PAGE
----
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59. Disparity of Worship as Impediment

1. Disparity of worship exists between a baptized child ofthe Church and one who has not been baptized. It is a dirimentimpediment to marriage, by church law, and with good reason; forthe chief end of marriage is the welfare of offspring. Parentsdivided upon the basic truth of life cannot well concur in theproper education of children, that is, cannot rightly attend to thewelfare of their offspring.

2. Unbaptized persons can be validly married to eachother.

3. A husband, converted to the faith and baptized, doeswell to remain with his wife even if she be unwilling to beconverted also.

4. But if the nonbaptized spouse will not live in peacewith the converted and baptized spouse, or live without offendingGod and doing spiritual harm to the baptized party, then theconvert-spouse (who by baptism died to his former life and wasreborn in Christ) may put away the unbaptized spouse as no longerhis true and validly married mate. This fact is known fromscripture (I Cor. 7:12-15).

5. Once the free status of such a spouse (who puts awayhis mate for reasons given above) is officially established bydecision of the ecclesiastical tribunal, he can marry anew.

6. No other cause than unbelief and recalcitrance in theprecise circumstances mentioned can nullify a marriage, and nocause can nullify a valid marriage between Catholics.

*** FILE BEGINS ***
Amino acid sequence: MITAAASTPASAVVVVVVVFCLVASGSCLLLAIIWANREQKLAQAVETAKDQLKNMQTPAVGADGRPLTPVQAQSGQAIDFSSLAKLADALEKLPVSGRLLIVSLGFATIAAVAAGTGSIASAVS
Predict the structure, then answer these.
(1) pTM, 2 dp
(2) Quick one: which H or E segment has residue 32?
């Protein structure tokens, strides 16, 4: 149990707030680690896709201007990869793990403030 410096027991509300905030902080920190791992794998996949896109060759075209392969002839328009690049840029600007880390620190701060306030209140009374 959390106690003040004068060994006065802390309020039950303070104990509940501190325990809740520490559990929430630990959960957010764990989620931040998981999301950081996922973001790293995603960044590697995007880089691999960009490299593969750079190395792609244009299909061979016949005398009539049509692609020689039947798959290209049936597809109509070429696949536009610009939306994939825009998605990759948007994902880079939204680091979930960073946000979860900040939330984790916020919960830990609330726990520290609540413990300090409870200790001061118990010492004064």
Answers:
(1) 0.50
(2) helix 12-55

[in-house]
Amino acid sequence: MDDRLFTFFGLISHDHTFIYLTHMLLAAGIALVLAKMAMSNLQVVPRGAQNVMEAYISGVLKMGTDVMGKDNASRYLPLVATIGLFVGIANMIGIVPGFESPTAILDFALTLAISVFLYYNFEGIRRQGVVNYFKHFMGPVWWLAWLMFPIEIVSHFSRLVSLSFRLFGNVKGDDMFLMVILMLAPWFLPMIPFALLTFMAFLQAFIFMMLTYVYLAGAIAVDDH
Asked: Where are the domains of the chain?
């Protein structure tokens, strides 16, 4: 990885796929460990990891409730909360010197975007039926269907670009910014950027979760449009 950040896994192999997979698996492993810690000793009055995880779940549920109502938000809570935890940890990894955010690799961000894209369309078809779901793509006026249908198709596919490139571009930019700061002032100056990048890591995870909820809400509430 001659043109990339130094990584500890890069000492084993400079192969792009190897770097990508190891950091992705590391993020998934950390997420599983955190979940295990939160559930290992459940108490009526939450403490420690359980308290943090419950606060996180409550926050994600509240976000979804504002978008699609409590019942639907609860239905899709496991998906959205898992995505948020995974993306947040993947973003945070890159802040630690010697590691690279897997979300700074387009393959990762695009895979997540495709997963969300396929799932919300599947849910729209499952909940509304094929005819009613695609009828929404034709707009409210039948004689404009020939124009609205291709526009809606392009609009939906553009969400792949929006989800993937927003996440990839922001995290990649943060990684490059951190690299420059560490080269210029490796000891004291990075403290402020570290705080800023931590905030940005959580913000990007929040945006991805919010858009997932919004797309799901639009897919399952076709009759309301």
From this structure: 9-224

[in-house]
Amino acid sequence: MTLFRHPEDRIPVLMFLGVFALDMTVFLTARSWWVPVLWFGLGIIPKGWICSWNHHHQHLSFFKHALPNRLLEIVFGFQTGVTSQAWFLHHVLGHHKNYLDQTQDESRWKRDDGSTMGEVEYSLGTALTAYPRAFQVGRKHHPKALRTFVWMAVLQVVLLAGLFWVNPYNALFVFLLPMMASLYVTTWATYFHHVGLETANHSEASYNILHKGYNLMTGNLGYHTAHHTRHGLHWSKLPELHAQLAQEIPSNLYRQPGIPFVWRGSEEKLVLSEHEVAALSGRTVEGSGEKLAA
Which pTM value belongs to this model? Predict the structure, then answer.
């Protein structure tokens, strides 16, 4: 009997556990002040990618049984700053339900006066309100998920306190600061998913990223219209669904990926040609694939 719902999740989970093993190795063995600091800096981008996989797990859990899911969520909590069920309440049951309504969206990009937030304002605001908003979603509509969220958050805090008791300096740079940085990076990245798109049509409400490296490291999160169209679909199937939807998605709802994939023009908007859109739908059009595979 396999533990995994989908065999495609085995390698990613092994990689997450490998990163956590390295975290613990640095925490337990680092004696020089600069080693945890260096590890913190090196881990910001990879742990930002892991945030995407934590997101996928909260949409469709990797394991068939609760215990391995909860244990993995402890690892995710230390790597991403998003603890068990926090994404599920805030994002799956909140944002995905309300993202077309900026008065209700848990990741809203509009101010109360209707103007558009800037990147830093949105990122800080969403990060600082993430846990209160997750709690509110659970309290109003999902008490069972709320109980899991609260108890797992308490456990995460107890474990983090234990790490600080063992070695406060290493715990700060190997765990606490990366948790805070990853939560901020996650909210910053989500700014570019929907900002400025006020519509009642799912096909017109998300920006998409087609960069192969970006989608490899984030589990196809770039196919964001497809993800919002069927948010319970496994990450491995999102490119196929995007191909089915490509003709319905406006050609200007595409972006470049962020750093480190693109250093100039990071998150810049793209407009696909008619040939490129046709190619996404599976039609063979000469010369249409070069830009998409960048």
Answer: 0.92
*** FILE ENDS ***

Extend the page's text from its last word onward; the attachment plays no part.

"When the devil has failed in making a man fall, he puts forward all his energies to create distrust between the penitent and the confessor, and so by little and little he gains his end at last."
St Philip Neri

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"Let persons in the world sanctify themselves in their own houses, for neither the court, professions, or labour, are any hindrance to the service of God."
St Philip Neri

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"To think of oneself as nothing, and always to think well and highly of others is the best and most perfect wisdom. Wherefore, if you see another sin openly or commit a serious crime, do not consider yourself better, for you do not know how long you can remain in good estate. All men are frail, but you must admit that none is more frail than yourself. "
Thomas á Kempis

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